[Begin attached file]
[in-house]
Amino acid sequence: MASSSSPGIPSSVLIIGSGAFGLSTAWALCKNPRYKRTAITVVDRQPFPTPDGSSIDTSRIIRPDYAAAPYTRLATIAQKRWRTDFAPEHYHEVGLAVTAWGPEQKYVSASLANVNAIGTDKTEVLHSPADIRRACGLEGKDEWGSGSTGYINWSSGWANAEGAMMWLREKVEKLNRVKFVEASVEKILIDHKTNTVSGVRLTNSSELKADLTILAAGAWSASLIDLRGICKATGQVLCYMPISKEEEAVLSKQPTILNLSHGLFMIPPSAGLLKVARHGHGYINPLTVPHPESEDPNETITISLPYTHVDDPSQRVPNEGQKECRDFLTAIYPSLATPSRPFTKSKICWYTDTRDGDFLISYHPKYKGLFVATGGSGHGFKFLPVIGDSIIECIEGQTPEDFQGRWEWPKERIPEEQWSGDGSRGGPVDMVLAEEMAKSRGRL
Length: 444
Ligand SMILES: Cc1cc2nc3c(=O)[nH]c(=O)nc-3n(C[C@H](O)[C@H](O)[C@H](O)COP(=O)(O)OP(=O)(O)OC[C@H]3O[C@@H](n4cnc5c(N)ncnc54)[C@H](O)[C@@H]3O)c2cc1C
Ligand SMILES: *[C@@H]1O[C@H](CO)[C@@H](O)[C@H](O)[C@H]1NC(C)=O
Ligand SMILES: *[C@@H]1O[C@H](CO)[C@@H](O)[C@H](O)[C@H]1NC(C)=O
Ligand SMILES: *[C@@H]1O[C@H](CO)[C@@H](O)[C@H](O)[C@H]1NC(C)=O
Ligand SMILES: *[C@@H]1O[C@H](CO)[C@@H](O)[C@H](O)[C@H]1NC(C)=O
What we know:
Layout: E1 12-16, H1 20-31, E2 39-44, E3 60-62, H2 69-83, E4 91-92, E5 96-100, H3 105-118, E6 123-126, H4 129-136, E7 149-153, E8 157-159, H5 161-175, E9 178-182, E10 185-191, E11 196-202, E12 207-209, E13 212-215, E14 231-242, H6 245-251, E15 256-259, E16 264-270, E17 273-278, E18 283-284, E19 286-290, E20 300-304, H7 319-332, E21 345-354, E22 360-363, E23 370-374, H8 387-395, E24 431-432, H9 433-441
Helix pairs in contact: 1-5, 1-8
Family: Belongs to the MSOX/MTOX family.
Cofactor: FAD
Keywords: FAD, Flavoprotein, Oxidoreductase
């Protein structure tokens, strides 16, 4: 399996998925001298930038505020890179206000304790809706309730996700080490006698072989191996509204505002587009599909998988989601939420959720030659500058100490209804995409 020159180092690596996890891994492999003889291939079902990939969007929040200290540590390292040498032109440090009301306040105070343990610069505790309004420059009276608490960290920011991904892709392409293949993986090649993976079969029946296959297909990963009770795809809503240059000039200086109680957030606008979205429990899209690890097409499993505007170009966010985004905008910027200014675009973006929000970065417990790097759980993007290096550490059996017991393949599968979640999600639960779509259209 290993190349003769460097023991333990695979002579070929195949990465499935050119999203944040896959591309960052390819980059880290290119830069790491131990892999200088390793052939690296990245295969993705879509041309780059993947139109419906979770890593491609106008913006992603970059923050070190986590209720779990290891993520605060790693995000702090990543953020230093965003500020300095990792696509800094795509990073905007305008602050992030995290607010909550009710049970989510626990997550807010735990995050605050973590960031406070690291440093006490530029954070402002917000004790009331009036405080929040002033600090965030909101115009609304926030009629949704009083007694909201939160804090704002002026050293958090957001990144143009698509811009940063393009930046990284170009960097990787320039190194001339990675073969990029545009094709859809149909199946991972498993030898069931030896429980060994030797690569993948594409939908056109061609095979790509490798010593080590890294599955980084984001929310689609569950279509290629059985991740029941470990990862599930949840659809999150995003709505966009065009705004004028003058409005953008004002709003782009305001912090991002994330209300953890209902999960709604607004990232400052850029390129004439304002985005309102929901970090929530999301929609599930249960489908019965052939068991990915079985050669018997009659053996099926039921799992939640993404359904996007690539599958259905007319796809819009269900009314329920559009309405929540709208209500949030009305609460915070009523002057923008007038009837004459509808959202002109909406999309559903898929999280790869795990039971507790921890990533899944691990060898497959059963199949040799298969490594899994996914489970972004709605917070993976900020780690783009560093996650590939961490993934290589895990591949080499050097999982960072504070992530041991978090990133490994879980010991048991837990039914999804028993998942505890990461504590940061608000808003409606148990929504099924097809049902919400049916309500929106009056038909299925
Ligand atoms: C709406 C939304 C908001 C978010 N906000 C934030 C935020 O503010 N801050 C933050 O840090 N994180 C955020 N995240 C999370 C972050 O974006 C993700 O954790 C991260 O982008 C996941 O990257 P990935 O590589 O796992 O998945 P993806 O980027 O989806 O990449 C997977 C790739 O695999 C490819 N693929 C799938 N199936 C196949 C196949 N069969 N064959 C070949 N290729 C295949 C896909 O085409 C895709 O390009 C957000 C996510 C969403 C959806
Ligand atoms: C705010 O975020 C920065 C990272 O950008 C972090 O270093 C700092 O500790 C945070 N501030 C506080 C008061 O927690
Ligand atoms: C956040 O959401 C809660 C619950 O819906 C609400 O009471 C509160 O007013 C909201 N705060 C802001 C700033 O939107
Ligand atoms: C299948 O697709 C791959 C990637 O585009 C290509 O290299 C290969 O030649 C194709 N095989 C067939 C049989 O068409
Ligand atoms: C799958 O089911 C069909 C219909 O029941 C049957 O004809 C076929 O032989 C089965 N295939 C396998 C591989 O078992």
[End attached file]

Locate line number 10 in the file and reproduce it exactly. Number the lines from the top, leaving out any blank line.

Layout: E1 12-16, H1 20-31, E2 39-44, E3 60-62, H2 69-83, E4 91-92, E5 96-100, H3 105-118, E6 123-126, H4 129-136, E7 149-153, E8 157-159, H5 161-175, E9 178-182, E10 185-191, E11 196-202, E12 207-209, E13 212-215, E14 231-242, H6 245-251, E15 256-259, E16 264-270, E17 273-278, E18 283-284, E19 286-290, E20 300-304, H7 319-332, E21 345-354, E22 360-363, E23 370-374, H8 387-395, E24 431-432, H9 433-441